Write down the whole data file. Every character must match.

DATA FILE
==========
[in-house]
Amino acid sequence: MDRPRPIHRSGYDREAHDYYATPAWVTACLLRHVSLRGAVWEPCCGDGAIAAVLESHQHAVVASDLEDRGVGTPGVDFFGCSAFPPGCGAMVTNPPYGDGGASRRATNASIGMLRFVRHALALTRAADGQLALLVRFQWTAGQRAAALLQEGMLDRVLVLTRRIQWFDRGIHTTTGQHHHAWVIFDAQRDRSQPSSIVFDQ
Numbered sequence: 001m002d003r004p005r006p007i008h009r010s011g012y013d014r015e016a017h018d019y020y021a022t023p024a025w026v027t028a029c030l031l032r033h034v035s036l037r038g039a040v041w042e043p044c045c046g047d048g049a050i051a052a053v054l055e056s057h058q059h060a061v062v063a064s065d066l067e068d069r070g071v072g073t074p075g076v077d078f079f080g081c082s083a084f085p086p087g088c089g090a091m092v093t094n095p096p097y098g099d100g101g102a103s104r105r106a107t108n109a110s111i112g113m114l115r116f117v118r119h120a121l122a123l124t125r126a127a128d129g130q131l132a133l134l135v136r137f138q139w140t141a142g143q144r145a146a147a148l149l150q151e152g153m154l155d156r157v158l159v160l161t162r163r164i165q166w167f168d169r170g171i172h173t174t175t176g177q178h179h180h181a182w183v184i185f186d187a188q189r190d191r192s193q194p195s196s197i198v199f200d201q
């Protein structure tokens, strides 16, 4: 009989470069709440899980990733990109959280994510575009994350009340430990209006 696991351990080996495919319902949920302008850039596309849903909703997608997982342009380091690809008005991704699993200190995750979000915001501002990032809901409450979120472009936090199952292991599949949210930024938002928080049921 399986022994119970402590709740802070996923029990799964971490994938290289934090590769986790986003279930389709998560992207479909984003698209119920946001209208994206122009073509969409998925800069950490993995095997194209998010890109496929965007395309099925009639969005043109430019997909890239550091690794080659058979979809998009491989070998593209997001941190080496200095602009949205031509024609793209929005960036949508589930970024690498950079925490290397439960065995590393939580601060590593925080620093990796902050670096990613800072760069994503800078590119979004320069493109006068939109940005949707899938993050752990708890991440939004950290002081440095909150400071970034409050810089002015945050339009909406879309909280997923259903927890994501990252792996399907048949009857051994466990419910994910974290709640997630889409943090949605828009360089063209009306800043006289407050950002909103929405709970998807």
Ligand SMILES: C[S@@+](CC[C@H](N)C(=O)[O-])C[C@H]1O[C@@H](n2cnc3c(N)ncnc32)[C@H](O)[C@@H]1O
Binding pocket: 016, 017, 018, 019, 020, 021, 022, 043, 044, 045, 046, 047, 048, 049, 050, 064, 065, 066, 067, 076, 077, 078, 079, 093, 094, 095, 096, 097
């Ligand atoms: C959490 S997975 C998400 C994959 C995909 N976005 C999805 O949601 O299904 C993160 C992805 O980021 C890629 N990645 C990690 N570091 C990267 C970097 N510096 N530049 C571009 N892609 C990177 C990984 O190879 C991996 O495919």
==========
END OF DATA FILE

[in-house]
Amino acid sequence: MDRPRPIHRSGYDREAHDYYATPAWVTACLLRHVSLRGAVWEPCCGDGAIAAVLESHQHAVVASDLEDRGVGTPGVDFFGCSAFPPGCGAMVTNPPYGDGGASRRATNASIGMLRFVRHALALTRAADGQLALLVRFQWTAGQRAAALLQEGMLDRVLVLTRRIQWFDRGIHTTTGQHHHAWVIFDAQRDRSQPSSIVFDQ
Numbered sequence: 001m002d003r004p005r006p007i008h009r010s011g012y013d014r015e016a017h018d019y020y021a022t023p024a025w026v027t028a029c030l031l032r033h034v035s036l037r038g039a040v041w042e043p044c045c046g047d048g049a050i051a052a053v054l055e056s057h058q059h060a061v062v063a064s065d066l067e068d069r070g071v072g073t074p075g076v077d078f079f080g081c082s083a084f085p086p087g088c089g090a091m092v093t094n095p096p097y098g099d100g101g102a103s104r105r106a107t108n109a110s111i112g113m114l115r116f117v118r119h120a121l122a123l124t125r126a127a128d129g130q131l132a133l134l135v136r137f138q139w140t141a142g143q144r145a146a147a148l149l150q151e152g153m154l155d156r157v158l159v160l161t162r163r164i165q166w167f168d169r170g171i172h173t174t175t176g177q178h179h180h181a182w183v184i185f186d187a188q189r190d191r192s193q194p195s196s197i198v199f200d201q
């Protein structure tokens, strides 16, 4: 009989470069709440899980990733990109959280994510575009994350009340430990209006 696991351990080996495919319902949920302008850039596309849903909703997608997982342009380091690809008005991704699993200190995750979000915001501002990032809901409450979120472009936090199952292991599949949210930024938002928080049921 399986022994119970402590709740802070996923029990799964971490994938290289934090590769986790986003279930389709998560992207479909984003698209119920946001209208994206122009073509969409998925800069950490993995095997194209998010890109496929965007395309099925009639969005043109430019997909890239550091690794080659058979979809998009491989070998593209997001941190080496200095602009949205031509024609793209929005960036949508589930970024690498950079925490290397439960065995590393939580601060590593925080620093990796902050670096990613800072760069994503800078590119979004320069493109006068939109940005949707899938993050752990708890991440939004950290002081440095909150400071970034409050810089002015945050339009909406879309909280997923259903927890994501990252792996399907048949009857051994466990419910994910974290709640997630889409943090949605828009360089063209009306800043006289407050950002909103929405709970998807």
Ligand SMILES: C[S@@+](CC[C@H](N)C(=O)[O-])C[C@H]1O[C@@H](n2cnc3c(N)ncnc32)[C@H](O)[C@@H]1O
Binding pocket: 016, 017, 018, 019, 020, 021, 022, 043, 044, 045, 046, 047, 048, 049, 050, 064, 065, 066, 067, 076, 077, 078, 079, 093, 094, 095, 096, 097
């Ligand atoms: C959490 S997975 C998400 C994959 C995909 N976005 C999805 O949601 O299904 C993160 C992805 O980021 C890629 N990645 C990690 N570091 C990267 C970097 N510096 N530049 C571009 N892609 C990177 C990984 O190879 C991996 O495919």